Mark Epstein, "The Trauma of Everyday Life" (Penguin Press, 2013)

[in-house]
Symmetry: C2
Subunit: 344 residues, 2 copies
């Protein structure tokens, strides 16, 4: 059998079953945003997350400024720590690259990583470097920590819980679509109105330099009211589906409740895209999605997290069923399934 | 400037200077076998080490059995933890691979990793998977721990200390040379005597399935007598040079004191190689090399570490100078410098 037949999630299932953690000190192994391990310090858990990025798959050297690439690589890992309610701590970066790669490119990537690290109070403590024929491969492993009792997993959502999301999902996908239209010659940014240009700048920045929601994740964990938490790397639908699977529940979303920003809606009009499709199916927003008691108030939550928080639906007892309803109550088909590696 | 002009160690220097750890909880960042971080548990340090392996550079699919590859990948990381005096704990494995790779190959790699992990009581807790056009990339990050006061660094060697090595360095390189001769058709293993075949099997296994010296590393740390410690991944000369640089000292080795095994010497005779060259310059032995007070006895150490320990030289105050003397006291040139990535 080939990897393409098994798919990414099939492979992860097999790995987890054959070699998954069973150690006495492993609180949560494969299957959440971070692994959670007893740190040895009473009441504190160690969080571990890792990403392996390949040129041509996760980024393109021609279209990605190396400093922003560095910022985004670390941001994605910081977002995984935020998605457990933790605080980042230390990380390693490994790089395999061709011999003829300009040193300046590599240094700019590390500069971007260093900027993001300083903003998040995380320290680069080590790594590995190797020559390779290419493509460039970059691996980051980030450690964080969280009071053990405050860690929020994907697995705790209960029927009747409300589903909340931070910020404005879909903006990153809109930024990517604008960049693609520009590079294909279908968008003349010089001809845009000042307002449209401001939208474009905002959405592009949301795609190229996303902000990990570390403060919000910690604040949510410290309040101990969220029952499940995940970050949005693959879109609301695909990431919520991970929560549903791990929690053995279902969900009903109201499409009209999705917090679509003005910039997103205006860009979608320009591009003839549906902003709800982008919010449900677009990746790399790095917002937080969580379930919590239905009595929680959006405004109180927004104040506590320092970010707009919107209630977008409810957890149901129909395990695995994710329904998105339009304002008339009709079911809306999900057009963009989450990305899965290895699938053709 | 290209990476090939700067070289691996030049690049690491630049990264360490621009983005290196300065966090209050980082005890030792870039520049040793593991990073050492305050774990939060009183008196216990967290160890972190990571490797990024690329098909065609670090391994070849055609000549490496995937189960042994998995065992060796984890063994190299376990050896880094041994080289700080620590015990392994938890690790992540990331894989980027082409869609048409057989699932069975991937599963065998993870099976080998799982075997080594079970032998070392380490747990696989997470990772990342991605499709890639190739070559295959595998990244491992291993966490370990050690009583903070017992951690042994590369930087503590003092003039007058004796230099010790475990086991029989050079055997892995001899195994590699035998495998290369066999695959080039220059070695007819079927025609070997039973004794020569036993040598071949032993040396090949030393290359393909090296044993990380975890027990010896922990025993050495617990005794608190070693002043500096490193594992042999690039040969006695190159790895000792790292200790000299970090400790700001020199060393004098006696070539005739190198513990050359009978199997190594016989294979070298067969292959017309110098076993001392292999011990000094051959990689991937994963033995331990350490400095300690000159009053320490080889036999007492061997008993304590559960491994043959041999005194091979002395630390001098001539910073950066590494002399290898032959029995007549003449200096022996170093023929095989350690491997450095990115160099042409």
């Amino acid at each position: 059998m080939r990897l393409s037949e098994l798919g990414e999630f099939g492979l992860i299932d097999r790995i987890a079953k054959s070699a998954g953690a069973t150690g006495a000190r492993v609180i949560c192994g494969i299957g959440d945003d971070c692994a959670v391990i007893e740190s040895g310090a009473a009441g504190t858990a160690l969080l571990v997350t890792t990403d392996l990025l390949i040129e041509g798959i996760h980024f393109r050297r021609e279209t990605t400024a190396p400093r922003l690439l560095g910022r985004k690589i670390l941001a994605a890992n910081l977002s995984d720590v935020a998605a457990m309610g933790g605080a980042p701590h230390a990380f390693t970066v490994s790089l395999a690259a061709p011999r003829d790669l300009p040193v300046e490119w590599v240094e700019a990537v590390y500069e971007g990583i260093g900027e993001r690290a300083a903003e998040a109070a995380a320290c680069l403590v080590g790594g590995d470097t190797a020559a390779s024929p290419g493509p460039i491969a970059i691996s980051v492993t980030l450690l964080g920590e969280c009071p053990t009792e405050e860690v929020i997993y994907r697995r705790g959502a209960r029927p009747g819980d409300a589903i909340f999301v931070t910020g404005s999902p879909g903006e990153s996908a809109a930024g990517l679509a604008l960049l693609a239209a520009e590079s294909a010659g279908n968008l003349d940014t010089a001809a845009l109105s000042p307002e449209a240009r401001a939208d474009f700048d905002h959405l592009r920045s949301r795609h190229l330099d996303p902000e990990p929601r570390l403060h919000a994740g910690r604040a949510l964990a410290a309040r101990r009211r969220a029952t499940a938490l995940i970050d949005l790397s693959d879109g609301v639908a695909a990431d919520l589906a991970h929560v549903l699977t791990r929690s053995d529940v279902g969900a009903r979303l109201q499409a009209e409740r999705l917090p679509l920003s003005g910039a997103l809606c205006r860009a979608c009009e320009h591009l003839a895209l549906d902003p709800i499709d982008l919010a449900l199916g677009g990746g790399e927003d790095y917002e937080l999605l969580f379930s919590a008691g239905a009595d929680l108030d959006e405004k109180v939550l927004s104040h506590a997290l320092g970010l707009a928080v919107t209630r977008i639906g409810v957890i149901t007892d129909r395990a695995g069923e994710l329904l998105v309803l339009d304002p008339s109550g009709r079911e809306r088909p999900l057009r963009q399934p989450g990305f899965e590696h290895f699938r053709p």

Being human, much of our energy goes into resisting the basic mess of life, but messy it is nonetheless. The trick (as psychoanalysts know) is to embrace it all anyway. "Trauma is an indivisible part of human existence. It takes many forms but spares no one," so writes psychiatrist and practicing Buddhist Dr. Mark Epstein. Epstein illustrates this truth by offering a psychoanalytic reading of the life of the Buddha in his latest work, The Trauma of Everyday Life (Penguin Press, 2013). It's a brilliant psychobiographical single-case study. Think Erik Erikson's Ghandi's TruthorYoung Man Luther. A little known detail of the Buddha's biography is that his mother died when he was just seven days old. The book investigates the nature and repercussions of this early loss as a foundation of the Buddha's life and salvation. Epstein writes that "primitive agony" (ala Winnicott) lay in the Buddha's implicit memory coloring his experience in ways he could feel but never know. The unmetabolized grief plays out into Buddha's young adulthood as he abandons his wife and own young child in renunciation of his cushy and privileged life. The ghosts and psychic ancestors that haunt the Buddha as well as his separation-individuation drama are familiar to modern day clinicians. Epstein describes a Buddha in the throes of repetition compulsion as well as enacting practices of starvation and self-harm---dissociative defenses that serve to ward off potential fragmentation. Epstein writes that the rhythm of this early trauma and the defenses the Buddha employed run through Buddhism like a "great underground river." Buddha's salvation comes about via the discovery of mindfulness which ultimately infuse his life and spiritual teaching. Within the meditative practice of mindfulness, a holding environment is created in which unknown and unexamined aspects of the past can be experienced for the first time in the here and now. Like the psychoanalytic encounter, therein lies its transformative power. In his detailed depictions of the Buddha as a human subject in formation and borrowing from Winnicott's metapsychology, Epstein draws the parallel to the psychoanalytic space. Ultimately the book asks whether trauma itself can be transformational. According to Epstein, yes. Life itself is already broken and since we can't control the essential traumas of life (whether they be big "T" or little) we must transform our relationship to them to go on being.

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